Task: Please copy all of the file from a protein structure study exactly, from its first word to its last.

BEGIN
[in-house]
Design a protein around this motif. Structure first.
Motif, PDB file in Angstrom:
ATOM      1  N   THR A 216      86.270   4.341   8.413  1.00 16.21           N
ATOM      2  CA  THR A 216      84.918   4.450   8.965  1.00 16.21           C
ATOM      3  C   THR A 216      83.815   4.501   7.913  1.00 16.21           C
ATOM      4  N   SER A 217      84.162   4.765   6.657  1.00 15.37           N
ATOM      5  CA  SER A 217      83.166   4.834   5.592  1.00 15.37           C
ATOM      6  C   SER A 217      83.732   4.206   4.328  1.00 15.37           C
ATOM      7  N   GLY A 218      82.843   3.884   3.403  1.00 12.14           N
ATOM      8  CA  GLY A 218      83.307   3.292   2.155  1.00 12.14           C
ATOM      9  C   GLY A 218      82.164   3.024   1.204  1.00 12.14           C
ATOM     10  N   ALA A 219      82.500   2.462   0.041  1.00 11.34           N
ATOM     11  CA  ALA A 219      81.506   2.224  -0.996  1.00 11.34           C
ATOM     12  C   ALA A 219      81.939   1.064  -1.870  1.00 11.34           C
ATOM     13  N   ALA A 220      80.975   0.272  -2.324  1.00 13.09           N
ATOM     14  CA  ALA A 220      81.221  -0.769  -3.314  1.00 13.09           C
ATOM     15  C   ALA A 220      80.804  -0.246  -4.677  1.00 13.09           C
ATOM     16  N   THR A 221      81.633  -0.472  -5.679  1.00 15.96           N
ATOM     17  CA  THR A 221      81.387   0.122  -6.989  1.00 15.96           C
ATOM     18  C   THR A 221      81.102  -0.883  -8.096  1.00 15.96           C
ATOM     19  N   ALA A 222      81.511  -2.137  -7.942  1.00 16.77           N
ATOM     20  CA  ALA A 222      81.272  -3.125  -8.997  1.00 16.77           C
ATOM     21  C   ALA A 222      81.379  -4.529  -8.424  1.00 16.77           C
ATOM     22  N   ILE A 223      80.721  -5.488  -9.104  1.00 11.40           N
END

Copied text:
[in-house]
Design a protein around this motif. Structure first.
Motif, PDB file in Angstrom:
ATOM      1  N   THR A 216      86.270   4.341   8.413  1.00 16.21           N
ATOM      2  CA  THR A 216      84.918   4.450   8.965  1.00 16.21           C
ATOM      3  C   THR A 216      83.815   4.501   7.913  1.00 16.21           C
ATOM      4  N   SER A 217      84.162   4.765   6.657  1.00 15.37           N
ATOM      5  CA  SER A 217      83.166   4.834   5.592  1.00 15.37           C
ATOM      6  C   SER A 217      83.732   4.206   4.328  1.00 15.37           C
ATOM      7  N   GLY A 218      82.843   3.884   3.403  1.00 12.14           N
ATOM      8  CA  GLY A 218      83.307   3.292   2.155  1.00 12.14           C
ATOM      9  C   GLY A 218      82.164   3.024   1.204  1.00 12.14           C
ATOM     10  N   ALA A 219      82.500   2.462   0.041  1.00 11.34           N
ATOM     11  CA  ALA A 219      81.506   2.224  -0.996  1.00 11.34           C
ATOM     12  C   ALA A 219      81.939   1.064  -1.870  1.00 11.34           C
ATOM     13  N   ALA A 220      80.975   0.272  -2.324  1.00 13.09           N
ATOM     14  CA  ALA A 220      81.221  -0.769  -3.314  1.00 13.09           C
ATOM     15  C   ALA A 220      80.804  -0.246  -4.677  1.00 13.09           C
ATOM     16  N   THR A 221      81.633  -0.472  -5.679  1.00 15.96           N
ATOM     17  CA  THR A 221      81.387   0.122  -6.989  1.00 15.96           C
ATOM     18  C   THR A 221      81.102  -0.883  -8.096  1.00 15.96           C
ATOM     19  N   ALA A 222      81.511  -2.137  -7.942  1.00 16.77           N
ATOM     20  CA  ALA A 222      81.272  -3.125  -8.997  1.00 16.77           C
ATOM     21  C   ALA A 222      81.379  -4.529  -8.424  1.00 16.77           C
ATOM     22  N   ILE A 223      80.721  -5.488  -9.104  1.00 11.40           N